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You are currently viewing all posts published in 2015

Cancer is different in the developing world

In the United States the median age at which colon cancer strikes is 69 for men and 73 for women. In Chad the average life expectancy at birth is about 50. Children who survive childbirth — and then malnutrition and diarrhea — are likely to die of pneumonia, tuberculosis, influenza, malaria, AIDS or even traffic accidents long before their cells accumulate the mutations that cause colon cancer. In fact, cancers…

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Are science rock stars good for science?

We study the extent to which eminent scientists shape the vitality of their fields by examining entry rates into the fields of 452 academic life scientists who pass away while at the peak of their scientific abilities. Key to our analyses is a novel way to delineate boundaries around scientific fields by appealing solely to intellectual linkages between scientists and their publications, rather than collaboration or co-citation patterns. Consistent with…

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When women stopped coding

Mark Zuckerberg. Bill Gates. Steve Jobs. Most of the big names in technology are men. But a lot of computing pioneers, the ones who programmed the first digital computers, were women. And for decades, the number of women in computer science was growing. But in 1984, something changed. The number of women in computer science flattened, and then plunged. Click here to listen to this NPR podcast from December 17,…

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Too much open access is in the dark

One of the inconvenient truths that the OA movement prefers not to discuss is the fact that a large amount of the content in the circa 4,125 institutional repositories created by research institutions in order to provide open access to their research output is not actually freely available but on “dark deposit”, or otherwise inaccessible. In other words, it is not open access. There are several reasons for this. First,…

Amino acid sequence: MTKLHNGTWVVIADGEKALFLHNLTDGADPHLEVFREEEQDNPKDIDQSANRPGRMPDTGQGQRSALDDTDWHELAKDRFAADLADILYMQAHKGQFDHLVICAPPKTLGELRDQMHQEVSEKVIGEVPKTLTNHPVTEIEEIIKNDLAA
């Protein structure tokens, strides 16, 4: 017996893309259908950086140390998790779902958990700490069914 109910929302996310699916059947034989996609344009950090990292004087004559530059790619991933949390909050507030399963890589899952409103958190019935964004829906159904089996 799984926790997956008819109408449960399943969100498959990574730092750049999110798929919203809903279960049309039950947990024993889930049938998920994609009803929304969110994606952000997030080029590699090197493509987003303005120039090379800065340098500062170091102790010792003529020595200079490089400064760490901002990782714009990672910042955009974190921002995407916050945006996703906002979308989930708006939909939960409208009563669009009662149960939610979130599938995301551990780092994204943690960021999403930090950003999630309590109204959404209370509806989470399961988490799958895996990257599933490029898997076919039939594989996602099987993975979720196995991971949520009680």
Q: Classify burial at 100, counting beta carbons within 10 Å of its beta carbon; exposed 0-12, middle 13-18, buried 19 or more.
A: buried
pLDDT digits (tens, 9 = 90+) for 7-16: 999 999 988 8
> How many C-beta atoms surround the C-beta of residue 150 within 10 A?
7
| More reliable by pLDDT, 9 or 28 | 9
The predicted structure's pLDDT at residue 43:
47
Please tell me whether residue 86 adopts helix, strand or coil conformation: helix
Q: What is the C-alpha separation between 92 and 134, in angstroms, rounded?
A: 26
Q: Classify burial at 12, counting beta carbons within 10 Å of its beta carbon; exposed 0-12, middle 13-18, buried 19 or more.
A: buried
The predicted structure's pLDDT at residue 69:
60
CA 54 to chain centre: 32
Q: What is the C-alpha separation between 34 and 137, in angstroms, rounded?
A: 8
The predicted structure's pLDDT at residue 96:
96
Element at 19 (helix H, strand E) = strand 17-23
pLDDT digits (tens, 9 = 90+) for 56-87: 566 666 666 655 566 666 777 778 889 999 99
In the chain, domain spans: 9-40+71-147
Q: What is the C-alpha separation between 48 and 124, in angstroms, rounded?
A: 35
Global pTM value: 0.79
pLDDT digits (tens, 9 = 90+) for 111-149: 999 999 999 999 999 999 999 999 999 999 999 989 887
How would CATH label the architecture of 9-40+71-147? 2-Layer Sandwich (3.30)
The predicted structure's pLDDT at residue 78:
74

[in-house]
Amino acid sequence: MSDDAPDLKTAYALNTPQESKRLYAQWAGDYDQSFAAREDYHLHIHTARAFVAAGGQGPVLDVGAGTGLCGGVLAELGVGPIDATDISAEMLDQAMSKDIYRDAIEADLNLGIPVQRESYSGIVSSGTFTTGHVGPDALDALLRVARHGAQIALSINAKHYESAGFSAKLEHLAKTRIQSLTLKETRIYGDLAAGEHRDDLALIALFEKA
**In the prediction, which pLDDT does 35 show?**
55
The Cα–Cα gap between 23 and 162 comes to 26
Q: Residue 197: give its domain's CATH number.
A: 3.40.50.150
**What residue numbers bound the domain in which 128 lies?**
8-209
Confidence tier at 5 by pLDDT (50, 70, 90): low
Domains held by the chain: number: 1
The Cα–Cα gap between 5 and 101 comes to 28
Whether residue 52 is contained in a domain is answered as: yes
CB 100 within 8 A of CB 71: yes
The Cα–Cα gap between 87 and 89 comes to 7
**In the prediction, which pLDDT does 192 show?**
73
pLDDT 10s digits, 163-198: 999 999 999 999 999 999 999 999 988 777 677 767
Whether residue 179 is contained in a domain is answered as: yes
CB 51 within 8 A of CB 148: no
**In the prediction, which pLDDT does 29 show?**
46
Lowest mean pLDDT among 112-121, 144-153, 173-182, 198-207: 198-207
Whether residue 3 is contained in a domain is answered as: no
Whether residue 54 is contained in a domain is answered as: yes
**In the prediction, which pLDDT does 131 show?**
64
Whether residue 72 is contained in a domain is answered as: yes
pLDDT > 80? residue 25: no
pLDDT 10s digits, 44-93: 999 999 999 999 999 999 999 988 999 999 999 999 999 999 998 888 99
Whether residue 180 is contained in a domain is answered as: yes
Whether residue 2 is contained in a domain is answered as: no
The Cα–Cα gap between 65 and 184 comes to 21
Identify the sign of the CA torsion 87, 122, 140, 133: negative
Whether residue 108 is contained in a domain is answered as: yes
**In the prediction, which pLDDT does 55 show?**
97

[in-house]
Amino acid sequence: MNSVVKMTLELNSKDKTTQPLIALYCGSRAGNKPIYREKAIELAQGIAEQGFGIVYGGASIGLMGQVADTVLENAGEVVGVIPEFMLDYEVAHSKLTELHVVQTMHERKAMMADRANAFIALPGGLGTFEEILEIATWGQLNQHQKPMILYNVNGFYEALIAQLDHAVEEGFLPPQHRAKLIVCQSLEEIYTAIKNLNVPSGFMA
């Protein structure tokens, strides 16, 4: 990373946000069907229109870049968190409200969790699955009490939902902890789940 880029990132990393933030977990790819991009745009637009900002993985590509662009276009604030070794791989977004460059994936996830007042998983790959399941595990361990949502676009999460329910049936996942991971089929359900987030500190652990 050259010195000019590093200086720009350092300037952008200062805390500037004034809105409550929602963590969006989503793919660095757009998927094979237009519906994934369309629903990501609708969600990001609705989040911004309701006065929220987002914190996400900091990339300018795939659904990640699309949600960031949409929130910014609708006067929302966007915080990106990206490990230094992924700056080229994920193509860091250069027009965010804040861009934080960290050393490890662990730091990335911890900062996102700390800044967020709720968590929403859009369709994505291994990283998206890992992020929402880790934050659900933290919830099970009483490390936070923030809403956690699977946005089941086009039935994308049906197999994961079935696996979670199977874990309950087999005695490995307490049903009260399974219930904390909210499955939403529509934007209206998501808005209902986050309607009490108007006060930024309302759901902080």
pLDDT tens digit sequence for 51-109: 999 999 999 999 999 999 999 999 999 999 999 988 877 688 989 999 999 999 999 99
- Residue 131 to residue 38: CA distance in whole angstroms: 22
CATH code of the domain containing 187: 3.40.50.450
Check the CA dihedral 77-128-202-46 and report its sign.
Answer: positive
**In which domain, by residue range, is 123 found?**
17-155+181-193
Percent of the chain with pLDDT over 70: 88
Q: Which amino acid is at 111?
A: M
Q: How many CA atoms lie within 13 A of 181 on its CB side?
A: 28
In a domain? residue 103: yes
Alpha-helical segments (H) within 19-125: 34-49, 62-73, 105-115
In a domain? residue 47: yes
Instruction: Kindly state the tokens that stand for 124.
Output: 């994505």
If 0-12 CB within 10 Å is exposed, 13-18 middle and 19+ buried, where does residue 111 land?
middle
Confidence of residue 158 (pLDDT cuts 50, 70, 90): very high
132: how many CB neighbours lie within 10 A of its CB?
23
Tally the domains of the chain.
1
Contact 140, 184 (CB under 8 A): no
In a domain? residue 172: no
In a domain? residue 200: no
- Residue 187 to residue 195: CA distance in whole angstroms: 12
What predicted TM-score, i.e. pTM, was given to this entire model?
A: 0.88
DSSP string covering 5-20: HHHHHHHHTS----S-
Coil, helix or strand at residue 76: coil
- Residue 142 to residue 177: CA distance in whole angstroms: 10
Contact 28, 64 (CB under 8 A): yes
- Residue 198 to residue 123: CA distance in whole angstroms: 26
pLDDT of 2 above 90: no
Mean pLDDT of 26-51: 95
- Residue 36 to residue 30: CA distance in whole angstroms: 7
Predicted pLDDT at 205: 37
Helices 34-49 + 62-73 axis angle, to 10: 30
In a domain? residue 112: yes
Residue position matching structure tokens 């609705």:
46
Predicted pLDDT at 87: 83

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Climate change opinions not budging much

According to a recent New York Times/CBS news poll, “a solid majority of Americans say the United States should join an international treaty to limit the impact of global warming.” While this may be encouraging news, other survey data cited in this article shows just how stubborn American public opinion has been over the last 20-plus years on the issue of climate change. For instance, when asked whether global warming…

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The assault on federally supported science

Distrust of government has long focused on economic and cultural matters, with conservative luminaries from Barry Goldwater to Ronald Reagan arguing that it should be kept out of private spheres ranging from the bedroom to the boardroom. This sentiment generally has not extended to the realm of science, however. Since federally supported science helped win World War II and put astronauts on the moon, there has been strong bipartisan support…

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In Australia, publications to become less important when funding research

The Turnbull government is set to overhaul the way university research is funded by dramatically downgrading the importance of publishing articles in little-read academic journals. Prime Minister Turnbull wants to end the “publish or perish” culture in which academics are pressured to focus on constant publishing rather than producing work with commercial and community benefit. In 2013, Australia ranked last in the developed world on the proportion of businesses which…

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Journal Impact Factor Shapes Scientists’ Reward Signal in the Prospect of Publication

The incentive structure of a scientist’s life is increasingly mimicking economic principles. While intensely criticized, the journal impact factor (JIF) has taken a role as the new currency for scientists. Successful goal-directed behavior in academia thus requires knowledge about the JIF. Using functional neuroimaging we examined how the JIF, as a powerful incentive in academia, has shaped the behavior of scientists and the reward signal in the striatum. We demonstrate…

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